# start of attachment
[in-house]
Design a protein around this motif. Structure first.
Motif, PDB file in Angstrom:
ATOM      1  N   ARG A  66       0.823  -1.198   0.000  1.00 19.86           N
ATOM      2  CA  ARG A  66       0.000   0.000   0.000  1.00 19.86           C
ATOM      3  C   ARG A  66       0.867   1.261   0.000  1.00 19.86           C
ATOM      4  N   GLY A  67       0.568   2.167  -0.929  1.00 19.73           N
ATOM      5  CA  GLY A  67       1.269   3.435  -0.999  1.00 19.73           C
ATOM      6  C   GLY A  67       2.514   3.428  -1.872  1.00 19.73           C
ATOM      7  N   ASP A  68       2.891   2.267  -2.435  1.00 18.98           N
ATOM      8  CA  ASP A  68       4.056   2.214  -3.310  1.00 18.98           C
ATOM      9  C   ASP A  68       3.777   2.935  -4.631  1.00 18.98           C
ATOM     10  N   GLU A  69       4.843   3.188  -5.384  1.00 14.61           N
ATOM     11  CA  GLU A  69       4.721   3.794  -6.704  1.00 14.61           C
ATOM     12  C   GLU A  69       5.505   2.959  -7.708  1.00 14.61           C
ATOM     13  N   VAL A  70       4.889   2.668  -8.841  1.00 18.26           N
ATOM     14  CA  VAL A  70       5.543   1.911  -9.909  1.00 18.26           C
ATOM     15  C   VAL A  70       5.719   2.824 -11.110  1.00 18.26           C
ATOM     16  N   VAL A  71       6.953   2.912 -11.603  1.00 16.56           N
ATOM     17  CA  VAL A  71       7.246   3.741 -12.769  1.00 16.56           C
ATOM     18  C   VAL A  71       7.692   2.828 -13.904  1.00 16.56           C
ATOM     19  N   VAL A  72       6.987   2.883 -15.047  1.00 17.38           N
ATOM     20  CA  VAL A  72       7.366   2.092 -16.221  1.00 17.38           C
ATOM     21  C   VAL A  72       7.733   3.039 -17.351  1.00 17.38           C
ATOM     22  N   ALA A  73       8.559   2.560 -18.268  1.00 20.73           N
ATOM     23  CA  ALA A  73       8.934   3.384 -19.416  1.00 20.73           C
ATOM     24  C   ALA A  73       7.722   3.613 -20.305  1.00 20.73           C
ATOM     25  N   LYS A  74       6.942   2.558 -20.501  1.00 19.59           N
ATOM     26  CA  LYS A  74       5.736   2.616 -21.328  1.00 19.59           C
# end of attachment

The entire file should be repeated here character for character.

[in-house]
Design a protein around this motif. Structure first.
Motif, PDB file in Angstrom:
ATOM      1  N   ARG A  66       0.823  -1.198   0.000  1.00 19.86           N
ATOM      2  CA  ARG A  66       0.000   0.000   0.000  1.00 19.86           C
ATOM      3  C   ARG A  66       0.867   1.261   0.000  1.00 19.86           C
ATOM      4  N   GLY A  67       0.568   2.167  -0.929  1.00 19.73           N
ATOM      5  CA  GLY A  67       1.269   3.435  -0.999  1.00 19.73           C
ATOM      6  C   GLY A  67       2.514   3.428  -1.872  1.00 19.73           C
ATOM      7  N   ASP A  68       2.891   2.267  -2.435  1.00 18.98           N
ATOM      8  CA  ASP A  68       4.056   2.214  -3.310  1.00 18.98           C
ATOM      9  C   ASP A  68       3.777   2.935  -4.631  1.00 18.98           C
ATOM     10  N   GLU A  69       4.843   3.188  -5.384  1.00 14.61           N
ATOM     11  CA  GLU A  69       4.721   3.794  -6.704  1.00 14.61           C
ATOM     12  C   GLU A  69       5.505   2.959  -7.708  1.00 14.61           C
ATOM     13  N   VAL A  70       4.889   2.668  -8.841  1.00 18.26           N
ATOM     14  CA  VAL A  70       5.543   1.911  -9.909  1.00 18.26           C
ATOM     15  C   VAL A  70       5.719   2.824 -11.110  1.00 18.26           C
ATOM     16  N   VAL A  71       6.953   2.912 -11.603  1.00 16.56           N
ATOM     17  CA  VAL A  71       7.246   3.741 -12.769  1.00 16.56           C
ATOM     18  C   VAL A  71       7.692   2.828 -13.904  1.00 16.56           C
ATOM     19  N   VAL A  72       6.987   2.883 -15.047  1.00 17.38           N
ATOM     20  CA  VAL A  72       7.366   2.092 -16.221  1.00 17.38           C
ATOM     21  C   VAL A  72       7.733   3.039 -17.351  1.00 17.38           C
ATOM     22  N   ALA A  73       8.559   2.560 -18.268  1.00 20.73           N
ATOM     23  CA  ALA A  73       8.934   3.384 -19.416  1.00 20.73           C
ATOM     24  C   ALA A  73       7.722   3.613 -20.305  1.00 20.73           C
ATOM     25  N   LYS A  74       6.942   2.558 -20.501  1.00 19.59           N
ATOM     26  CA  LYS A  74       5.736   2.616 -21.328  1.00 19.59           C